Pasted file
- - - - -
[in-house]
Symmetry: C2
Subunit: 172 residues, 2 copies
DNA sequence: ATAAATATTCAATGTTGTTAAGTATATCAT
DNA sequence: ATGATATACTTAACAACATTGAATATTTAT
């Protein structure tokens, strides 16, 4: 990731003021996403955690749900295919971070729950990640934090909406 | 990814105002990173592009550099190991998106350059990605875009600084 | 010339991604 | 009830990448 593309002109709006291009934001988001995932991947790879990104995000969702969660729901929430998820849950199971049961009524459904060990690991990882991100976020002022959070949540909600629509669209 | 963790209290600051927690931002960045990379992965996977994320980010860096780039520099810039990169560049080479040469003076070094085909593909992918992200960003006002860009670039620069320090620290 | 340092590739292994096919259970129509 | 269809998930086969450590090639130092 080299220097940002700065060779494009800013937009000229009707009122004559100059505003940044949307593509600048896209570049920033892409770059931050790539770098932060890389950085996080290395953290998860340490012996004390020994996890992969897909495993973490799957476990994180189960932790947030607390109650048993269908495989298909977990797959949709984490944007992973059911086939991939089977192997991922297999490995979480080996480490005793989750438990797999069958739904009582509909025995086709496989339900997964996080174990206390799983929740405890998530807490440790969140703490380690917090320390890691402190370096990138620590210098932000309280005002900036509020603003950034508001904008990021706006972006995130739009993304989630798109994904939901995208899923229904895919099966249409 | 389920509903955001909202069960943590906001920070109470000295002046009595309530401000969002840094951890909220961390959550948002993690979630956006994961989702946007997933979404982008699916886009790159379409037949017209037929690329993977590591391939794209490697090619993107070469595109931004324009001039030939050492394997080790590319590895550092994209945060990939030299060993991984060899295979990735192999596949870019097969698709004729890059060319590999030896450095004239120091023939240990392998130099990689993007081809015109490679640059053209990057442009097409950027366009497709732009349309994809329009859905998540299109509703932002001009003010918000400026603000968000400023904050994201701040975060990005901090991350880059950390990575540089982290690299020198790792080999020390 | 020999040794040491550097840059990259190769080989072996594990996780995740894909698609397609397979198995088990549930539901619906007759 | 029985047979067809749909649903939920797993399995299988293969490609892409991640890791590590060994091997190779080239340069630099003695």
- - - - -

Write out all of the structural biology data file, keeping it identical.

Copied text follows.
[in-house]
Symmetry: C2
Subunit: 172 residues, 2 copies
DNA sequence: ATAAATATTCAATGTTGTTAAGTATATCAT
DNA sequence: ATGATATACTTAACAACATTGAATATTTAT
């Protein structure tokens, strides 16, 4: 990731003021996403955690749900295919971070729950990640934090909406 | 990814105002990173592009550099190991998106350059990605875009600084 | 010339991604 | 009830990448 593309002109709006291009934001988001995932991947790879990104995000969702969660729901929430998820849950199971049961009524459904060990690991990882991100976020002022959070949540909600629509669209 | 963790209290600051927690931002960045990379992965996977994320980010860096780039520099810039990169560049080479040469003076070094085909593909992918992200960003006002860009670039620069320090620290 | 340092590739292994096919259970129509 | 269809998930086969450590090639130092 080299220097940002700065060779494009800013937009000229009707009122004559100059505003940044949307593509600048896209570049920033892409770059931050790539770098932060890389950085996080290395953290998860340490012996004390020994996890992969897909495993973490799957476990994180189960932790947030607390109650048993269908495989298909977990797959949709984490944007992973059911086939991939089977192997991922297999490995979480080996480490005793989750438990797999069958739904009582509909025995086709496989339900997964996080174990206390799983929740405890998530807490440790969140703490380690917090320390890691402190370096990138620590210098932000309280005002900036509020603003950034508001904008990021706006972006995130739009993304989630798109994904939901995208899923229904895919099966249409 | 389920509903955001909202069960943590906001920070109470000295002046009595309530401000969002840094951890909220961390959550948002993690979630956006994961989702946007997933979404982008699916886009790159379409037949017209037929690329993977590591391939794209490697090619993107070469595109931004324009001039030939050492394997080790590319590895550092994209945060990939030299060993991984060899295979990735192999596949870019097969698709004729890059060319590999030896450095004239120091023939240990392998130099990689993007081809015109490679640059053209990057442009097409950027366009497709732009349309994809329009859905998540299109509703932002001009003010918000400026603000968000400023904050994201701040975060990005901090991350880059950390990575540089982290690299020198790792080999020390 | 020999040794040491550097840059990259190769080989072996594990996780995740894909698609397609397979198995088990549930539901619906007759 | 029985047979067809749909649903939920797993399995299988293969490609892409991640890791590590060994091997190779080239340069630099003695």